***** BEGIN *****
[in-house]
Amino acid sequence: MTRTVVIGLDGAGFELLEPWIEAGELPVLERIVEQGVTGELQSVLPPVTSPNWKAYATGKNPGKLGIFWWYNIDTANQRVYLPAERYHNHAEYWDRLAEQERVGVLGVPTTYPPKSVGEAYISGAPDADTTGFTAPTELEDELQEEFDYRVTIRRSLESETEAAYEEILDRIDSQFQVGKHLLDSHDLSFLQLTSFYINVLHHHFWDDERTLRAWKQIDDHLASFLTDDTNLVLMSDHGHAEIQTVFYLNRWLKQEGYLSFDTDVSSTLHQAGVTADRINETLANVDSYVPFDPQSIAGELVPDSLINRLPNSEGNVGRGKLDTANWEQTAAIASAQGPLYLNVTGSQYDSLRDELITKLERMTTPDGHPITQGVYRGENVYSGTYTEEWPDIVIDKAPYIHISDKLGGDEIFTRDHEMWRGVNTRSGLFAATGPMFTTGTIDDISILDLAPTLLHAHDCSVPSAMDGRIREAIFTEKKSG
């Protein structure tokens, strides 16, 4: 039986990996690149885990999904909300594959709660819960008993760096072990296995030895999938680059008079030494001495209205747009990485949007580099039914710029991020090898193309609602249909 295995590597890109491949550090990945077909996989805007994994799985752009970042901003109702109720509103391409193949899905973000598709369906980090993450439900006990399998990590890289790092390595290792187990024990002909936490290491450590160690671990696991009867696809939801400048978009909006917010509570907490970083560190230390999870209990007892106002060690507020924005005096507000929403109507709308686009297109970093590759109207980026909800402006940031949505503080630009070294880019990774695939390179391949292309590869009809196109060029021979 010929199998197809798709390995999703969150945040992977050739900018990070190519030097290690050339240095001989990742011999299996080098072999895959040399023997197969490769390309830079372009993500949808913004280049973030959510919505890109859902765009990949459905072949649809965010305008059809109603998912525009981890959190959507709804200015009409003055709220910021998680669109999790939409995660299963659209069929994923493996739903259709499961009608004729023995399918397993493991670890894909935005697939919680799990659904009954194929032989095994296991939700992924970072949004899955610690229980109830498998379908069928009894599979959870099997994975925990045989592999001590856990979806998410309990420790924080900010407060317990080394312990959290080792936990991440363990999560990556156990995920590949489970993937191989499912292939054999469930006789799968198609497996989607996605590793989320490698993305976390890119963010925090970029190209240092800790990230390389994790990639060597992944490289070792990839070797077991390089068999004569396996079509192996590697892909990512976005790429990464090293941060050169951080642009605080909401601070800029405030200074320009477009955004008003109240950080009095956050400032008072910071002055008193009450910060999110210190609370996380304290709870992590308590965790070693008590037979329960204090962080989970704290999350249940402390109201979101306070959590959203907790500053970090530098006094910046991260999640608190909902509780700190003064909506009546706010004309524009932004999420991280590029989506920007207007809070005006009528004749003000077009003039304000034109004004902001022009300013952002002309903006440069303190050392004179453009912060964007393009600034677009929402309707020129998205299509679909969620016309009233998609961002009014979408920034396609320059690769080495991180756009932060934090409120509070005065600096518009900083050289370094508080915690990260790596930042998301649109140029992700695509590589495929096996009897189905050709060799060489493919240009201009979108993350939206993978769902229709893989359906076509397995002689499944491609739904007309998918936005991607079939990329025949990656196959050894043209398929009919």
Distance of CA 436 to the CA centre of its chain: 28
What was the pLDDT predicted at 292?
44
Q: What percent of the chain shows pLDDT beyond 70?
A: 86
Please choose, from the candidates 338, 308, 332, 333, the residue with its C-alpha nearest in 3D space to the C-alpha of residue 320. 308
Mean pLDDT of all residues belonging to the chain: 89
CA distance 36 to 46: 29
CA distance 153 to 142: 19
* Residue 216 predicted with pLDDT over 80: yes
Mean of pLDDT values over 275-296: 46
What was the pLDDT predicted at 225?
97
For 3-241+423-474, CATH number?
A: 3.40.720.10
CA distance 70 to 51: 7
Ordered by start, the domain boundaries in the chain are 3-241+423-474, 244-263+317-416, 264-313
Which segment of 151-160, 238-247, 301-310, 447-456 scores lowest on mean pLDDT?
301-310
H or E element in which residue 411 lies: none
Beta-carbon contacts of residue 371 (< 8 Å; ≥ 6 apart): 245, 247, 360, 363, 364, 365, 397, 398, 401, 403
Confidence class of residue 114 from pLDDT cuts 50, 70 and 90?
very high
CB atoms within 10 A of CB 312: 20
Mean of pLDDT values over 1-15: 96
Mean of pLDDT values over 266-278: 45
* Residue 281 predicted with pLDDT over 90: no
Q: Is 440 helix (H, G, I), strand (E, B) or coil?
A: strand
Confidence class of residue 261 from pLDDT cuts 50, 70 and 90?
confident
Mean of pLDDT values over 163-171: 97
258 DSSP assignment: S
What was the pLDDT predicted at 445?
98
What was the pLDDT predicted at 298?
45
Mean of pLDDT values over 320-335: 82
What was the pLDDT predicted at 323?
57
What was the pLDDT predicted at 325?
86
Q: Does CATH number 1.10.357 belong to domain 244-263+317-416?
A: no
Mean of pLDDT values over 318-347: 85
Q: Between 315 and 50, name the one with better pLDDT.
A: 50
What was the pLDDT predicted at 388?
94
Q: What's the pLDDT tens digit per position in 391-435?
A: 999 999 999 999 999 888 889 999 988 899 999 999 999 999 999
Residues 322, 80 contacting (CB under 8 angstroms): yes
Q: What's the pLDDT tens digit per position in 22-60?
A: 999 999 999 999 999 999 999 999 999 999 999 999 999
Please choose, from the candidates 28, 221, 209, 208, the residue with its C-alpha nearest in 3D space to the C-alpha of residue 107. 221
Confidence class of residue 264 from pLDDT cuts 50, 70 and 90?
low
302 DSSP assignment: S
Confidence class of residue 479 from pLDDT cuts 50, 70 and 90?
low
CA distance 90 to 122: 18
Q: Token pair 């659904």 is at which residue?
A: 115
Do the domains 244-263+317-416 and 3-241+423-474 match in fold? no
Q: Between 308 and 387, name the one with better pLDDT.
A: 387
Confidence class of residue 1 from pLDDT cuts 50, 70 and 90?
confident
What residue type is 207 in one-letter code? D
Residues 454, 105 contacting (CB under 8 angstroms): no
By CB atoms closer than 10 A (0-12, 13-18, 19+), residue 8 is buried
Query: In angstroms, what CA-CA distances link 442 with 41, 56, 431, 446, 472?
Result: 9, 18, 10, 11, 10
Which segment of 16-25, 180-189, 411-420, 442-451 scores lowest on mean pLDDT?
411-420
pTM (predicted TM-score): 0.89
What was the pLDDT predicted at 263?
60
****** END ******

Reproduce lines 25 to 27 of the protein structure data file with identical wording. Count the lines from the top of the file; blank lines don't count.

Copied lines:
Confidence class of residue 114 from pLDDT cuts 50, 70 and 90?
very high
CB atoms within 10 A of CB 312: 20